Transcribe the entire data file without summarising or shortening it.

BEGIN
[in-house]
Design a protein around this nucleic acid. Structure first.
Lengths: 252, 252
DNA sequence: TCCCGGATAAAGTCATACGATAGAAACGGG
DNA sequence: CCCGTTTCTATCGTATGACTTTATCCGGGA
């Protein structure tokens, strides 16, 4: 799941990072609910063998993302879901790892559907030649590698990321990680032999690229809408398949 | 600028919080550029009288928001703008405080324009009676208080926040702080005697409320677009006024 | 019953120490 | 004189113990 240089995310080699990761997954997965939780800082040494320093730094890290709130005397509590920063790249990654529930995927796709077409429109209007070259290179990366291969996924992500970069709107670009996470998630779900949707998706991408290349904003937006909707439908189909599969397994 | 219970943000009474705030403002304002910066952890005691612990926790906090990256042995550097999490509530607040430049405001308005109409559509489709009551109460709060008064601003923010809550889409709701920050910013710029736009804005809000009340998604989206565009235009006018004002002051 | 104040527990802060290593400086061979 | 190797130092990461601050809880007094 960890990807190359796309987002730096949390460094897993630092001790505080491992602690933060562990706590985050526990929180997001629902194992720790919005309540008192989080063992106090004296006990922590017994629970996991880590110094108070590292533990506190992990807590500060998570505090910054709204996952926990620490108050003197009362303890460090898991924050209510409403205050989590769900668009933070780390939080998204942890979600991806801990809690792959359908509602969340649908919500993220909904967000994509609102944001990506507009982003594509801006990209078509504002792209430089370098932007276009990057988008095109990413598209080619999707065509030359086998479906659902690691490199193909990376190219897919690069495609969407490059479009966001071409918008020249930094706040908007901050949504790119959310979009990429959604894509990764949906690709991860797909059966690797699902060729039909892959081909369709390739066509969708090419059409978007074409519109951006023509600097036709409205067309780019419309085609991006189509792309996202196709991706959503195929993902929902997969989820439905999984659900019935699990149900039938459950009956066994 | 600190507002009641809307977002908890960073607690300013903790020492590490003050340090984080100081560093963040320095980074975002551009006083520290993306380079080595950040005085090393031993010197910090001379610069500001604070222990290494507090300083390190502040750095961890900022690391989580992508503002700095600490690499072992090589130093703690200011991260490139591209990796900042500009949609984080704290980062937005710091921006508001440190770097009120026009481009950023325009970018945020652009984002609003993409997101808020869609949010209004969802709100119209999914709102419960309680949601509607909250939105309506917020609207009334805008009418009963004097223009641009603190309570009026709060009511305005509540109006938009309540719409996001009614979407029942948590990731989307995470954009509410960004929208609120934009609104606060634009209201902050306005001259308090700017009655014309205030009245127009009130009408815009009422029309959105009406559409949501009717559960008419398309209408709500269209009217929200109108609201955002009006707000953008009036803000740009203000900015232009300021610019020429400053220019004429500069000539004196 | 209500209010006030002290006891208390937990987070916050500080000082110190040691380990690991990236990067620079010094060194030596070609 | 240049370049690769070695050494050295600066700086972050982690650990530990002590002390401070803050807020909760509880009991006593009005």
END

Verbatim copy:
[in-house]
Design a protein around this nucleic acid. Structure first.
Lengths: 252, 252
DNA sequence: TCCCGGATAAAGTCATACGATAGAAACGGG
DNA sequence: CCCGTTTCTATCGTATGACTTTATCCGGGA
């Protein structure tokens, strides 16, 4: 799941990072609910063998993302879901790892559907030649590698990321990680032999690229809408398949 | 600028919080550029009288928001703008405080324009009676208080926040702080005697409320677009006024 | 019953120490 | 004189113990 240089995310080699990761997954997965939780800082040494320093730094890290709130005397509590920063790249990654529930995927796709077409429109209007070259290179990366291969996924992500970069709107670009996470998630779900949707998706991408290349904003937006909707439908189909599969397994 | 219970943000009474705030403002304002910066952890005691612990926790906090990256042995550097999490509530607040430049405001308005109409559509489709009551109460709060008064601003923010809550889409709701920050910013710029736009804005809000009340998604989206565009235009006018004002002051 | 104040527990802060290593400086061979 | 190797130092990461601050809880007094 960890990807190359796309987002730096949390460094897993630092001790505080491992602690933060562990706590985050526990929180997001629902194992720790919005309540008192989080063992106090004296006990922590017994629970996991880590110094108070590292533990506190992990807590500060998570505090910054709204996952926990620490108050003197009362303890460090898991924050209510409403205050989590769900668009933070780390939080998204942890979600991806801990809690792959359908509602969340649908919500993220909904967000994509609102944001990506507009982003594509801006990209078509504002792209430089370098932007276009990057988008095109990413598209080619999707065509030359086998479906659902690691490199193909990376190219897919690069495609969407490059479009966001071409918008020249930094706040908007901050949504790119959310979009990429959604894509990764949906690709991860797909059966690797699902060729039909892959081909369709390739066509969708090419059409978007074409519109951006023509600097036709409205067309780019419309085609991006189509792309996202196709991706959503195929993902929902997969989820439905999984659900019935699990149900039938459950009956066994 | 600190507002009641809307977002908890960073607690300013903790020492590490003050340090984080100081560093963040320095980074975002551009006083520290993306380079080595950040005085090393031993010197910090001379610069500001604070222990290494507090300083390190502040750095961890900022690391989580992508503002700095600490690499072992090589130093703690200011991260490139591209990796900042500009949609984080704290980062937005710091921006508001440190770097009120026009481009950023325009970018945020652009984002609003993409997101808020869609949010209004969802709100119209999914709102419960309680949601509607909250939105309506917020609207009334805008009418009963004097223009641009603190309570009026709060009511305005509540109006938009309540719409996001009614979407029942948590990731989307995470954009509410960004929208609120934009609104606060634009209201902050306005001259308090700017009655014309205030009245127009009130009408815009009422029309959105009406559409949501009717559960008419398309209408709500269209009217929200109108609201955002009006707000953008009036803000740009203000900015232009300021610019020429400053220019004429500069000539004196 | 209500209010006030002290006891208390937990987070916050500080000082110190040691380990690991990236990067620079010094060194030596070609 | 240049370049690769070695050494050295600066700086972050982690650990530990002590002390401070803050807020909760509880009991006593009005």